The final two application sections (pages AN47-51 to AN47-66) cover data-conversion circuits and some miscellaneous things. As footnote 15 on page AN47-51 says, "Seasoned readers of LTC literature, a hardened corps, may recognize this and other circuits in this publication as updated versions of previous LTC applications. The partial repetition is justified based on improved specifications and/or simplification of the original circuit." Jim undersells the application circuits here; some of the improvements (utilizing these high-speed op amps) are a big deal.
Figure 118 shows a sine-wave VCO, again using a AD639 as a triangle-wave-to-sine-wave converter (see Figure 21 in App Note 13). As I've said before, the AD639 was a Barrie Gilbert's brilliant Universal Trigonometric Function Converter, and using it as a triangle-to-sinusoid converter is like using a Lamborghini to go get your groceries.
Figure 121 is a 1Hz-to-10MHz V-to-F converter. Ten megahertz is pretty fast, but remember that App Note 14 includes the 100-MHz "King Kong" V-to-F converter. Of course, the advantage here is that with the high-speed op amps, there's no more need for the scope-trigger circuits and exotic 10H ECL parts. I especially like the caption of Figure 123 "(Whoosh!)".
Figure 124 is a high-speed (100 ns!) sample and hold, using a four-diode gate with transformer drive. This topology is an elegant solution for a high-speed S&H. Compare to the discrete 200-ns sample-and-hold circuit in Figure 23 of App Note 13.
Figure 131 is a trigger circuit with adaptive threshold, basically the adaptive subcircuit from Figure 97 (I wonder why he didn't present these two circuits in the opposite order?).
Figure 132 is a simple pulse-width-to-voltage converter, using a current source charging up a capacitor, like the single-slope converter in Figure 33 of App Note 13. Despite (or, perhaps, due to) being simple, the performance is very fast: able to resolve 1% accuracy on 250-ns pulses. The drive circuitry for Q3, including the Baker clamp and the speed-up capacitor, is especially instructive.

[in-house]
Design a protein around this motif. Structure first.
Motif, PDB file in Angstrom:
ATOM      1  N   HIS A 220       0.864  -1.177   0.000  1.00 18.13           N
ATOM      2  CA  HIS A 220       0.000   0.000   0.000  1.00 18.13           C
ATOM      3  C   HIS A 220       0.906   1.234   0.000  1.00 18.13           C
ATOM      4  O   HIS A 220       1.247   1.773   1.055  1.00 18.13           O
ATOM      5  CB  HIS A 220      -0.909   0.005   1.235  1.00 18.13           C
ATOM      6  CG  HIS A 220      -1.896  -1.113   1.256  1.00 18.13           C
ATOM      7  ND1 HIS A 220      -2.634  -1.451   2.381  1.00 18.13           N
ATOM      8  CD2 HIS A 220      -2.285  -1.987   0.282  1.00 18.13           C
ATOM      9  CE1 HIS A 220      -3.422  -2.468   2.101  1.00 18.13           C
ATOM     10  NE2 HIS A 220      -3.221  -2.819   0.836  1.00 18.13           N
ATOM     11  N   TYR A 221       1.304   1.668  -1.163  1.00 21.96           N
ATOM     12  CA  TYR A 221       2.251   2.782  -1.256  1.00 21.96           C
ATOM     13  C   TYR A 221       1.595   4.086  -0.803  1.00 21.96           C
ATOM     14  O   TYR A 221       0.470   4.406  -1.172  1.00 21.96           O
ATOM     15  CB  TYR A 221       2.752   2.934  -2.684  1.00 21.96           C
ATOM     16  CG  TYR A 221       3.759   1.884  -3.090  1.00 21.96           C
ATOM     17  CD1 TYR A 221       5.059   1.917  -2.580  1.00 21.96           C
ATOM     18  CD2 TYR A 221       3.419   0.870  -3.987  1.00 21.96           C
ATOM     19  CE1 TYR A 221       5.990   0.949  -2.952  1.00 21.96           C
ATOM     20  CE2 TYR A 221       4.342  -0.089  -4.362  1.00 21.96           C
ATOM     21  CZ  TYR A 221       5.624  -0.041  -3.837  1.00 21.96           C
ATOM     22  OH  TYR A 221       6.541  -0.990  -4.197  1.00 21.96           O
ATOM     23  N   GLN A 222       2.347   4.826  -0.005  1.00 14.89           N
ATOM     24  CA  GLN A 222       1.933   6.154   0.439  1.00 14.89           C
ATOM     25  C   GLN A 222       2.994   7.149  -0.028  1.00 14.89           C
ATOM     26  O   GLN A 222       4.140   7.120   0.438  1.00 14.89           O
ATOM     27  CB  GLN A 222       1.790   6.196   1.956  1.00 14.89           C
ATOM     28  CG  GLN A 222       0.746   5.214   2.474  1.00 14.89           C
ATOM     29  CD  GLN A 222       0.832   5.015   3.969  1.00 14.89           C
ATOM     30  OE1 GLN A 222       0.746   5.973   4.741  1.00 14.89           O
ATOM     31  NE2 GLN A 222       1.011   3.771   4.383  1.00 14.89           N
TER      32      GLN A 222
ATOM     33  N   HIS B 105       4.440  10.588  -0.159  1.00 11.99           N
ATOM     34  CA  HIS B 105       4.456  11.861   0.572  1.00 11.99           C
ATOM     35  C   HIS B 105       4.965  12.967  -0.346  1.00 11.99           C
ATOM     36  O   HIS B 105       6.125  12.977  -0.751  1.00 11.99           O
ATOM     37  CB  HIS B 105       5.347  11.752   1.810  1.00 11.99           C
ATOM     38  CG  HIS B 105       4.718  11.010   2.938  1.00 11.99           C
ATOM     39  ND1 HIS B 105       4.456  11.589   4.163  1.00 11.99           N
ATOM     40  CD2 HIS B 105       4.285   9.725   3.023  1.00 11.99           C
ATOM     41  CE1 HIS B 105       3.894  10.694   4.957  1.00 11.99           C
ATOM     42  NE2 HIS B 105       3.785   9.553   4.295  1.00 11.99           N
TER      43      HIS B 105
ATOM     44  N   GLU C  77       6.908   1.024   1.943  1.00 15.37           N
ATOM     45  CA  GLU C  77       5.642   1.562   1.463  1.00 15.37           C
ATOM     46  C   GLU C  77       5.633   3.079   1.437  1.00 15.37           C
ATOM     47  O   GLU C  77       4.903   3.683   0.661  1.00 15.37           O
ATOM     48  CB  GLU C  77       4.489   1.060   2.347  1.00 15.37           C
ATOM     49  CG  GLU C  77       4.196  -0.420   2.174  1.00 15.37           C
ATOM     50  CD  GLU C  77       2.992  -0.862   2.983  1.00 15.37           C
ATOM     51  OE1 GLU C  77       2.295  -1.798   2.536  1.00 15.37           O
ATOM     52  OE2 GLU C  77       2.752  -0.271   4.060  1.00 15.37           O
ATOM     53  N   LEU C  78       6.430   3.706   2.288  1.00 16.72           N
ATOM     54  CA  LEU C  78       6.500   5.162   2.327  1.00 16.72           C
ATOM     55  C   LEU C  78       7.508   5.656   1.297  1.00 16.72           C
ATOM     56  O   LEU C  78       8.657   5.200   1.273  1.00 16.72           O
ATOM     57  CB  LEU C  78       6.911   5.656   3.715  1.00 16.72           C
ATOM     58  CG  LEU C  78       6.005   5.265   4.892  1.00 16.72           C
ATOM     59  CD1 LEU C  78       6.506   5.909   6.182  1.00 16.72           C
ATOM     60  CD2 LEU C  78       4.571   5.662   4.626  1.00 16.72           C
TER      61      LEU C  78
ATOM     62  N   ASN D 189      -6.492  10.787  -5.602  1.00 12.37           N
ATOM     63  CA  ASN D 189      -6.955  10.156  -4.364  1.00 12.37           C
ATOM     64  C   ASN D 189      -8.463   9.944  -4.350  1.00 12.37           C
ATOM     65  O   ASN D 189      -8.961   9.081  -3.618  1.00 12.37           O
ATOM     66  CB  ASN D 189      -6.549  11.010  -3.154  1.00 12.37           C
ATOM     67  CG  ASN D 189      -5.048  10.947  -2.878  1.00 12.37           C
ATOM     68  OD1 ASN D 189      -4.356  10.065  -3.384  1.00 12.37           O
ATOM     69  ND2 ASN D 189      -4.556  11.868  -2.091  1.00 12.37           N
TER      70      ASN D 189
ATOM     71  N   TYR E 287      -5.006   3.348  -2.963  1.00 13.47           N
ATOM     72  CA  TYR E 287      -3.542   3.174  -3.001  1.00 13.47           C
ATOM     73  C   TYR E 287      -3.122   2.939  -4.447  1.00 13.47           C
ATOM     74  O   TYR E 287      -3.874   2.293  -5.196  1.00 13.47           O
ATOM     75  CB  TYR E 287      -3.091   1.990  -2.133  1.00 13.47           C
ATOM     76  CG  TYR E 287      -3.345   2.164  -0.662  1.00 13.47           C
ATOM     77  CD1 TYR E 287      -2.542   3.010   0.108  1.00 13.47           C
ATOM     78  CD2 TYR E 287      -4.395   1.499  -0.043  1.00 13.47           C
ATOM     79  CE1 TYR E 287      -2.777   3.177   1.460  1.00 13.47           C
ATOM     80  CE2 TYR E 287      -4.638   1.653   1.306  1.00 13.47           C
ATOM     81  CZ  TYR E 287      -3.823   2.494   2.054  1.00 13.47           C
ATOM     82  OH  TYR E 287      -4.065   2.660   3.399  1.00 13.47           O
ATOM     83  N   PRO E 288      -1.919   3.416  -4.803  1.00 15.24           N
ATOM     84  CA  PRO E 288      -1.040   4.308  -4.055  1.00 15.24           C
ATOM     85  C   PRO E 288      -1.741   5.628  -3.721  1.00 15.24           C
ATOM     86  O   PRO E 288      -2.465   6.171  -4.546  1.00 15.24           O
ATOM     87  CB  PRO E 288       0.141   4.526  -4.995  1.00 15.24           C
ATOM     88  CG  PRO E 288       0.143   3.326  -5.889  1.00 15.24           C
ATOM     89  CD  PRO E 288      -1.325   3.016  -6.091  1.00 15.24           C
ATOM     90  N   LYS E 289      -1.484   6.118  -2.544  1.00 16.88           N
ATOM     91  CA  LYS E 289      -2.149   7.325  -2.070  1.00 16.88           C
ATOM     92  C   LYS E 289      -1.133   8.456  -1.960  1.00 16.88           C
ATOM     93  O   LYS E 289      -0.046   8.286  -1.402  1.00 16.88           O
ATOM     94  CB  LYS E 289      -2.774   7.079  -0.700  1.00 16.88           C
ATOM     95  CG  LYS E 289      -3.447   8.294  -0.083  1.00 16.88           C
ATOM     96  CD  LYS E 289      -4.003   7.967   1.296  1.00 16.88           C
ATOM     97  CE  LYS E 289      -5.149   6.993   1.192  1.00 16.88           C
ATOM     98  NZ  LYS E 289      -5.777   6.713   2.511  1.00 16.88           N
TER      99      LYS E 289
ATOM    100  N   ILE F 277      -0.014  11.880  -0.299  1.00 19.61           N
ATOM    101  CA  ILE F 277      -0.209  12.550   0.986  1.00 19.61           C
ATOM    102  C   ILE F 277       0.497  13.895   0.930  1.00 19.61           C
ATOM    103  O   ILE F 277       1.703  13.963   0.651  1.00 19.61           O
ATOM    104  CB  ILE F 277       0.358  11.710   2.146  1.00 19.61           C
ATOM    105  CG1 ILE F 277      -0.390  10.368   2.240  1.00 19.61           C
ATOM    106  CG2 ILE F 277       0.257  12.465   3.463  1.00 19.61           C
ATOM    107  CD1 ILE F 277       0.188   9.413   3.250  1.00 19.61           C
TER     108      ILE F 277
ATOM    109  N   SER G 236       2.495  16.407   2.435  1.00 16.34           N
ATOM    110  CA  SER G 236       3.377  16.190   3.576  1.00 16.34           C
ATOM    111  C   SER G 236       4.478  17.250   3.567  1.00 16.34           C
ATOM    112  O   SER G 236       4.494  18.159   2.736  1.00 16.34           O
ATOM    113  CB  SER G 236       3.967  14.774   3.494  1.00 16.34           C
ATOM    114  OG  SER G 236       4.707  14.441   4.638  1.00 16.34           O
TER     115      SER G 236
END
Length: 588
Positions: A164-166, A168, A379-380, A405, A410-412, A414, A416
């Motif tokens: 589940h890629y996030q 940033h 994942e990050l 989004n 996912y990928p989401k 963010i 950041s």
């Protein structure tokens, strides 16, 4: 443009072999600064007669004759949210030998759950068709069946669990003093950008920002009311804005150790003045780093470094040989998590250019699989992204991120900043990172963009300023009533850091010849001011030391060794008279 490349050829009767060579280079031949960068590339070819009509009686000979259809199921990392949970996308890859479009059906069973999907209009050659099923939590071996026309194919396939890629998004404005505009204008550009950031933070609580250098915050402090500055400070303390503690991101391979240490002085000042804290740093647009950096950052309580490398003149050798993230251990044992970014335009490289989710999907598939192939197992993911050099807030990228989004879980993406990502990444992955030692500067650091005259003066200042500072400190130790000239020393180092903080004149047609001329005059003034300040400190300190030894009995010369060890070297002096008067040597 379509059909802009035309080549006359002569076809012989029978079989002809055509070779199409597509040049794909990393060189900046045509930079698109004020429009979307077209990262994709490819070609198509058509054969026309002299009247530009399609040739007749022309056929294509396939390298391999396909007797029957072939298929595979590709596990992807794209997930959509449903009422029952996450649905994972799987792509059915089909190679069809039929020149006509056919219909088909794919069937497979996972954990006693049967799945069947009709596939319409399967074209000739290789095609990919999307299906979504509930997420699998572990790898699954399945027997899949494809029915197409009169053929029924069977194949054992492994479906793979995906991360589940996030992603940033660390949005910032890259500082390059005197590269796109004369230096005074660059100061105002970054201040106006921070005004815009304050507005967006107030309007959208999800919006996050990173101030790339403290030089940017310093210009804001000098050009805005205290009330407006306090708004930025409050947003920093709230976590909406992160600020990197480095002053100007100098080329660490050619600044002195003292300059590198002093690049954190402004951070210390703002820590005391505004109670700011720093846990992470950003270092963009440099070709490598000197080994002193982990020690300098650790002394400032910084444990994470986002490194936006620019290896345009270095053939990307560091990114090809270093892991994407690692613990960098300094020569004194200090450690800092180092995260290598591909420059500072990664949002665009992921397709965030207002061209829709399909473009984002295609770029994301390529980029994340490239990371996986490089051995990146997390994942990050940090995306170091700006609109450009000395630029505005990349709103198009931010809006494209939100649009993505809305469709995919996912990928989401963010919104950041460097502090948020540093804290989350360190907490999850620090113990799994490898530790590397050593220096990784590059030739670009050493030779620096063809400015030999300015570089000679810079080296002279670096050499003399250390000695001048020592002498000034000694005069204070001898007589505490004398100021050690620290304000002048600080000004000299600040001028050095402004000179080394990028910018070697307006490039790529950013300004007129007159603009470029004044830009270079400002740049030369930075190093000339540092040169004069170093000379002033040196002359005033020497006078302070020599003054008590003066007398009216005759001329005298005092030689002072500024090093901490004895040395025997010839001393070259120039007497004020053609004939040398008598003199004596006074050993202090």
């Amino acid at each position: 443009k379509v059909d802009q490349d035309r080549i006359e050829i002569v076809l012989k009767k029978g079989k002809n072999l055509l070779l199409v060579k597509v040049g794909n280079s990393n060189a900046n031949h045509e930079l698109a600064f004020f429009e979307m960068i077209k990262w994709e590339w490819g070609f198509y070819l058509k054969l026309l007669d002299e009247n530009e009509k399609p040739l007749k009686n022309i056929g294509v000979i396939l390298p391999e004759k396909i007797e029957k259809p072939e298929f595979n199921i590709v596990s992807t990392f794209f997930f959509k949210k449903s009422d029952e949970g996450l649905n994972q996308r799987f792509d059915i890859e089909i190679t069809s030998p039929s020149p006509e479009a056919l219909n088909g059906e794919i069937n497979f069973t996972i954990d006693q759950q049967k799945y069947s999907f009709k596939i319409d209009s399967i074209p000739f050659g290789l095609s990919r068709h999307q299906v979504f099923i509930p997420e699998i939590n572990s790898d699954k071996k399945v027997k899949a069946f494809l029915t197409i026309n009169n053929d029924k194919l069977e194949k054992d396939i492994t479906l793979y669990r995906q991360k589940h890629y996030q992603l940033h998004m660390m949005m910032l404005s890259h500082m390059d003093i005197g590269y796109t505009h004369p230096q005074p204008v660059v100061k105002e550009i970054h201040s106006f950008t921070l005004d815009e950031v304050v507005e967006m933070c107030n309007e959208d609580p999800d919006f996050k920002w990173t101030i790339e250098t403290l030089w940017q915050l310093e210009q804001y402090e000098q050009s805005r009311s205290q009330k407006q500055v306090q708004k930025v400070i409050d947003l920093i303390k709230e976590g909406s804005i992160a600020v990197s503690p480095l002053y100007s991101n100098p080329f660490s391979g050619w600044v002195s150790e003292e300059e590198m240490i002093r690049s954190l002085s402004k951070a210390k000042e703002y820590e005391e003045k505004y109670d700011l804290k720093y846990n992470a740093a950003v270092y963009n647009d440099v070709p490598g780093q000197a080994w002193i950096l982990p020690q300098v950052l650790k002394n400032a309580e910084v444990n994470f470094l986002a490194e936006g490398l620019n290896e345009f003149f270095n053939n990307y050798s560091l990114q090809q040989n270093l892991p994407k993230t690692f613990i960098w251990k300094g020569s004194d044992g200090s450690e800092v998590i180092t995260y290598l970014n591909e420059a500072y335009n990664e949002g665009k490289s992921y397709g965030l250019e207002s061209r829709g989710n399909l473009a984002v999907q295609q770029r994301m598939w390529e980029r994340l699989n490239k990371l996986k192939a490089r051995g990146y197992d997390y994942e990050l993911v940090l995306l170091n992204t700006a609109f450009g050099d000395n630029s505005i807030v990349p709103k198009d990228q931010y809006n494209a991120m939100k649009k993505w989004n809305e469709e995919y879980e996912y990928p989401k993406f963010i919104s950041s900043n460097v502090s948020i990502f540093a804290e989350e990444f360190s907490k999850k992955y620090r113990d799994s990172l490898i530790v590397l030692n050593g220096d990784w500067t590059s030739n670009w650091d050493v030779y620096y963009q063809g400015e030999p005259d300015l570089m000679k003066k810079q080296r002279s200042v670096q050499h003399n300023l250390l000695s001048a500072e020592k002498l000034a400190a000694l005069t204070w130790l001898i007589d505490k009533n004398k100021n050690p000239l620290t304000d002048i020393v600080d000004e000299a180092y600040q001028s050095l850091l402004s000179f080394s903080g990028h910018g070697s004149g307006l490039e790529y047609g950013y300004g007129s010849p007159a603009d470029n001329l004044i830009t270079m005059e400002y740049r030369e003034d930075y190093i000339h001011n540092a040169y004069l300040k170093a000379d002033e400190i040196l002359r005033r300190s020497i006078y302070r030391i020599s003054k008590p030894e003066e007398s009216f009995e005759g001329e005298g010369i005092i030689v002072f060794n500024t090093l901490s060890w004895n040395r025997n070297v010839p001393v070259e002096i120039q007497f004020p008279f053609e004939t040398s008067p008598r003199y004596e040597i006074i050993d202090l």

Figure 137 shows another application circuit for his LT1088 RMS-to-DC converter. This circuit is the same as Figure 8 in App Note 22, except the LT1223 is used instead of the discrete buffer suggested in App Note 22. Figure 139A shows a RF-leveling loop (from App Note 22 Figure 27), using the RMS-to-DC converter from Figure 137. (Figure 139B show a much simpler RF-leveling loop.)
Figure 140 shows a voltage-controlled current source (basically, it's Figure 8 from App Note 45 with much faster op amps). Figure 142 shows a higher-power version of the current source, using a discrete output stage.
Figure 144 shows a high-speed (18 ns!) circuit breaker (compare to the 12-ns version in Figure 40 of App Note 13, which required a floating load).
The best circuit in these sections is a toss up between the elegant sample-and-hold circuit in Figure 124 or the high-speed pulse measurement in Figure 132. (I still think the best circuit in the whole app note is the AM radio station in Figure 116.)
Best quote (page AN47-58): "Digital methods of achieving similar results dictate clock speeds of 1GHz, which is cumbersome." Understatement?